Governor Andrew Cuomo wants to reform antiquated prohibition era laws, which have a big impact on the state’s craft beverage manufacturing industry.
His 19th proposal for the 2020 State of the State agenda will make it easier for movie theaters to sell alcoholic beverages, giving them more revenue and craft producers additional retail outlets; and modernize New York’s Alcoholic Beverage Control law to help higher education institutions train the next generation of the craft beverage workforce.
“New York’s craft beverage industry is flourishing thanks to eight years of targeted investments and forward-thinking policies that are attracting new businesses and supporting our booming tourism industry,” Governor Cuomo said. “This measure will remove outdated Prohibition-era rules that hamper private sector investment, ensure we’re training the next generation of workers in a critical industry and give more New Yorkers the opportunity to responsibly enjoy a drink at the movies.”
The Governor proposes amending New York’s Tied House Law, an arcane provision of the Alcoholic Beverage Control – or ABC – Law that makes relocating to or opening or investing in a business in New York needlessly difficult, Cuomo contends.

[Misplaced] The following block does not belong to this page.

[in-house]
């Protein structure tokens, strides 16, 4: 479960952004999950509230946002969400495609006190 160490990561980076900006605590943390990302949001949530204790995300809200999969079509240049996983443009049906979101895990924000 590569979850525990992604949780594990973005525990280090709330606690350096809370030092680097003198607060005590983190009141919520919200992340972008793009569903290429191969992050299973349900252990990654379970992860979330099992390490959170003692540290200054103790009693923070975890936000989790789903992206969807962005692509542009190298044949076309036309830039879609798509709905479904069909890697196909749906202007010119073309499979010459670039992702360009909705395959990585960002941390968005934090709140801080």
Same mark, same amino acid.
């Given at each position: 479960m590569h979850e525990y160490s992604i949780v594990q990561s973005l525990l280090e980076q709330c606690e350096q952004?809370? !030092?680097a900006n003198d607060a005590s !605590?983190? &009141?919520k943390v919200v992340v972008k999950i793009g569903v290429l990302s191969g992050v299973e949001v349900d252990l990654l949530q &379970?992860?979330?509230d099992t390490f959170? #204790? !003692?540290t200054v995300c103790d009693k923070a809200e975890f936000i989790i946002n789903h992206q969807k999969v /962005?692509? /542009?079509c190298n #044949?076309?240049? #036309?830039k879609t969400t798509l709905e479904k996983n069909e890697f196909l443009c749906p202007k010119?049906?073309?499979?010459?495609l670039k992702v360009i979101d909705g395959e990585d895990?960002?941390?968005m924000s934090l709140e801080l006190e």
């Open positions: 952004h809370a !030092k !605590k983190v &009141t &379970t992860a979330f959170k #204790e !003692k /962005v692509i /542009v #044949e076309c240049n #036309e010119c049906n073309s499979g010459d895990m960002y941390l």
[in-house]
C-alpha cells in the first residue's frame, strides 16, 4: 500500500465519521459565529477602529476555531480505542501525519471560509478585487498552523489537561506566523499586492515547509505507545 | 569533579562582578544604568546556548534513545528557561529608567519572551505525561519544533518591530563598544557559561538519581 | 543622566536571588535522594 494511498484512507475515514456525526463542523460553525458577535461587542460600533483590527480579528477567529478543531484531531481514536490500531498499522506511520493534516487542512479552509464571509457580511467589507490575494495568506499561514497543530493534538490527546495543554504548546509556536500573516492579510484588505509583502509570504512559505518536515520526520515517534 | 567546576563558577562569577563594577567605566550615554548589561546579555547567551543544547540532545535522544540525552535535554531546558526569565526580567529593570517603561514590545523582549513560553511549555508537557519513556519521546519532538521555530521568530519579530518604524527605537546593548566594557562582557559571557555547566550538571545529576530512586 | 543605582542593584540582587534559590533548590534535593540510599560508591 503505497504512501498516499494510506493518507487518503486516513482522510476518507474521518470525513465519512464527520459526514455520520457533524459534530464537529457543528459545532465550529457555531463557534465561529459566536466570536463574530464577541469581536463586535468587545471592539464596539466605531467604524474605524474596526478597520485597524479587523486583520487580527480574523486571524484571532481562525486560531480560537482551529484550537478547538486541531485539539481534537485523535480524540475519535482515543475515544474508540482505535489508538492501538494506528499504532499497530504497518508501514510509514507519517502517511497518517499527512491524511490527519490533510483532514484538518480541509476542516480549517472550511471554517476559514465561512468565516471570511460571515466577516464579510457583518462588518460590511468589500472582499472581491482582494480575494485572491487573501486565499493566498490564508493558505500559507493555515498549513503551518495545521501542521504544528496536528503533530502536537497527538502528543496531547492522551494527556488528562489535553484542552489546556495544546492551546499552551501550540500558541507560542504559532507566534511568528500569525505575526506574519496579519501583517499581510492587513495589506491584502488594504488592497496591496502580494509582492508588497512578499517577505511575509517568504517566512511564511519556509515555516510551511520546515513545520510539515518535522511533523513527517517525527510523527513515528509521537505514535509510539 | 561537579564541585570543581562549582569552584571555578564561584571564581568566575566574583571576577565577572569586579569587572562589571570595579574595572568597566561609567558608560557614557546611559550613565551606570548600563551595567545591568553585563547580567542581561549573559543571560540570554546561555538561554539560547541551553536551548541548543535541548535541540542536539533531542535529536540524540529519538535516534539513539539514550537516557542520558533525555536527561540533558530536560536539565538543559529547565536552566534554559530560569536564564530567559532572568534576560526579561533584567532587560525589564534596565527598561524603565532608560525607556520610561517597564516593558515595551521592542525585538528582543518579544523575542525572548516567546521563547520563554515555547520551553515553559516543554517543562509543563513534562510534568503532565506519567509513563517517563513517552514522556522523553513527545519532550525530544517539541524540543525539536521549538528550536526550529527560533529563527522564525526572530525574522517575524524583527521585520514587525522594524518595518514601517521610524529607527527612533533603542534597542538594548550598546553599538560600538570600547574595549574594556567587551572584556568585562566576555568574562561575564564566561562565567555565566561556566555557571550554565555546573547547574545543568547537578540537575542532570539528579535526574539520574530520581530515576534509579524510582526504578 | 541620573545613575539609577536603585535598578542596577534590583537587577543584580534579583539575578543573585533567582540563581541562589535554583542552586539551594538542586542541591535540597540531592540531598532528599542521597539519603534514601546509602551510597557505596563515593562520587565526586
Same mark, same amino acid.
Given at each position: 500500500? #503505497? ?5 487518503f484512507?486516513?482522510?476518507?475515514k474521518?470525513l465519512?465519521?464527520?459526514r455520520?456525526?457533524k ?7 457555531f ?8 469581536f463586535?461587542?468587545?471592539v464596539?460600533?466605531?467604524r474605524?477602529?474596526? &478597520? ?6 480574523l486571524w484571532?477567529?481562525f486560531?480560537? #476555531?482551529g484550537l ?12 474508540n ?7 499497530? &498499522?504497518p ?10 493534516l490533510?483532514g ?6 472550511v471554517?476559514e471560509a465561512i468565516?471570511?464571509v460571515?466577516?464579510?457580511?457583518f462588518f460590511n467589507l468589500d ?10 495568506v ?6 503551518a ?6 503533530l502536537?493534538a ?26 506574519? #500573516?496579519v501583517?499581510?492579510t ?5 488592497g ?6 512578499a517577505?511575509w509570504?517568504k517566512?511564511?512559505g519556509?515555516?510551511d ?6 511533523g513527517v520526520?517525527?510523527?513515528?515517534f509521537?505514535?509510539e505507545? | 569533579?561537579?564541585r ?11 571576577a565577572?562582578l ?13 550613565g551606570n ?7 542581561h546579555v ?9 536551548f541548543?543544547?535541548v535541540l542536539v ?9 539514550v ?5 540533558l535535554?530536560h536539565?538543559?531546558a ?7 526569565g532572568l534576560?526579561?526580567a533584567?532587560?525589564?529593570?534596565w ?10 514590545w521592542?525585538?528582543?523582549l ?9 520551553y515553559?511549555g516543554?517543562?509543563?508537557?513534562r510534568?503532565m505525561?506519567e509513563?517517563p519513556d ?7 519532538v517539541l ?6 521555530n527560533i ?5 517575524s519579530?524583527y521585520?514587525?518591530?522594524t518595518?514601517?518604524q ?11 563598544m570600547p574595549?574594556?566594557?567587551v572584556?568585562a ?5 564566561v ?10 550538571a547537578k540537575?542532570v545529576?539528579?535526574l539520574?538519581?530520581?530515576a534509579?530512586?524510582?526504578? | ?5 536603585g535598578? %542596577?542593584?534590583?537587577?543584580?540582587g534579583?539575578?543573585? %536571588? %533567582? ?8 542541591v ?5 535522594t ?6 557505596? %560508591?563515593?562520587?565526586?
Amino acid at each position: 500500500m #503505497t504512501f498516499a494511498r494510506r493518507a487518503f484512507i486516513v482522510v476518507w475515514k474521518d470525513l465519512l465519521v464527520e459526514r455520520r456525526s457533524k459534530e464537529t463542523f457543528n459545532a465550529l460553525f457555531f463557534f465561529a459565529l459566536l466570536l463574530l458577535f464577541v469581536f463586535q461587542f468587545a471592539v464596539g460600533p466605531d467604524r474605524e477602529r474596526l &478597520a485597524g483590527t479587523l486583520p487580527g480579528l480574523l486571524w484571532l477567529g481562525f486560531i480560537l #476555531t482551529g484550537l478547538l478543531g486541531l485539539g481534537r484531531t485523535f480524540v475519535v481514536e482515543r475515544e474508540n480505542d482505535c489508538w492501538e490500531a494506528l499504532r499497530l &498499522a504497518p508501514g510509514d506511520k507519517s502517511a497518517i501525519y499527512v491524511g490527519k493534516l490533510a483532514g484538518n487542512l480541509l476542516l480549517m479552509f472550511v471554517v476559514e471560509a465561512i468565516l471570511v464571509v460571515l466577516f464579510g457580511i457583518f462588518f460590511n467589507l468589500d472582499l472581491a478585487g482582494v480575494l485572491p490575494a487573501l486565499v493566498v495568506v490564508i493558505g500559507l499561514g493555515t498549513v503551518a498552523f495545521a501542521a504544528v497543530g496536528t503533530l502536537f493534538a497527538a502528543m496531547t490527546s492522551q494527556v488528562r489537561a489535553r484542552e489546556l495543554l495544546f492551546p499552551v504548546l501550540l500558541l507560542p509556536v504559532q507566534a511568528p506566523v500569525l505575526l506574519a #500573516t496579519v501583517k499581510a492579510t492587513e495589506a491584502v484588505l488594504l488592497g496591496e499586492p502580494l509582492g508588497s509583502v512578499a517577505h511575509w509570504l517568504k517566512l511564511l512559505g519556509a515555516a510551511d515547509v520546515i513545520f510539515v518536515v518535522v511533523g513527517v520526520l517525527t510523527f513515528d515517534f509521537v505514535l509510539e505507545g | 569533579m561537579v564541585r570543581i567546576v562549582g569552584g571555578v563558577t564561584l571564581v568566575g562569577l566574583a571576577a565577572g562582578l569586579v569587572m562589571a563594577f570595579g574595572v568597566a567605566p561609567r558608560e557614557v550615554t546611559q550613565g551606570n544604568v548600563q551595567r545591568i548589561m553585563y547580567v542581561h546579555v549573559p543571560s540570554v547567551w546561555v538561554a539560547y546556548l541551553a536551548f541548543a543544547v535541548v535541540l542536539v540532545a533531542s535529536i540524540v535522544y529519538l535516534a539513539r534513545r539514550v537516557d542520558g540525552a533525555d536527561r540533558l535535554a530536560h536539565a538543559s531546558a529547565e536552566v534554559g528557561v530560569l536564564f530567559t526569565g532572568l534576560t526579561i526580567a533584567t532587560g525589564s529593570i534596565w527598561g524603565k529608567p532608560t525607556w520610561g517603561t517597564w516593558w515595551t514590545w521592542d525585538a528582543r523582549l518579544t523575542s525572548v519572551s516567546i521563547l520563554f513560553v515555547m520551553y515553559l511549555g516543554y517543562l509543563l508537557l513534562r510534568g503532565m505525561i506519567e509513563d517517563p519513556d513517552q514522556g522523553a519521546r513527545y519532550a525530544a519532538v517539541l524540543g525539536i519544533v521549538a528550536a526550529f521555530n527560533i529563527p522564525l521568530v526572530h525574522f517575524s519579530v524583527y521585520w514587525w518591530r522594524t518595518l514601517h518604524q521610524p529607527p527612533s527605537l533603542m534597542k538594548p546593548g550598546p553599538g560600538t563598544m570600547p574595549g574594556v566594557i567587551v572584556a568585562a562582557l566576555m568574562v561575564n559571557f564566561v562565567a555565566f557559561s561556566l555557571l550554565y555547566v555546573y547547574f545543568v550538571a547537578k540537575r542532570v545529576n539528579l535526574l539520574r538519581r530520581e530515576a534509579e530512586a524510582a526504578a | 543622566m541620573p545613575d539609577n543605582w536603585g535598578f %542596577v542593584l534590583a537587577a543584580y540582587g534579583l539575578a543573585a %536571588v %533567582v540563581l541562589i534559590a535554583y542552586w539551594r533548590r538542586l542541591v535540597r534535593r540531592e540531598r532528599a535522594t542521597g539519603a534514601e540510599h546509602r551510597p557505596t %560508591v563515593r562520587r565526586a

Prohibition-era Tied House Laws are intended to prevent manufacturers or wholesalers from having undue influence over a retail business that sells beverages directly to consumers. New York’s law, on the books since 1933, prohibits all such retailer and manufacturer/wholesaler relationships, and is even stricter than long-standing federal law, which provides discretion by analyzing the details of the relationship when there is a partial ownership stake, and allows such a relationship when ownership is total.
As a way to boost the state craft beverage industry, the Governor is proposing an amendment to the ABC law to allow the sale of beer, wine, cider, mead, and spirits at movie theaters. Current state law only allows movie theaters with full kitchens and tables inside the screening rooms to offer the sale of alcohol to their adult customers. With increased competition and diversification of video content creation and consumption methods, movie theaters faced with competition have been investing in upgrades and advancements to the movie-going experience. While these investments are attracting new audiences, they have increased operating costs with many theaters struggling to pay for these upgrades without additional sources of revenue.
Under the Governor’s proposal, adults holding tickets to movies rated PG-13 or higher could purchase alcoholic beverages, provided only one drink could be sold to a customer at a time. This proposal will provide theater operators with additional revenues, assist in the economic development of downtowns, and provide New York craft producers with additional retail outlets.
Cuomo is also proposing the creation of a post-secondary institution license under the ABC Law. Currently, licensing an educational institution for alcoholic beverage manufacturing is overly complicated, with institutions interested in teaching the production of the various types of alcoholic beverages requiring multiple applications and separate licenses. Additionally, higher education institutions cannot sell the craft beverages their students produce in a restaurant setting without being granted a special exception by the legislature.
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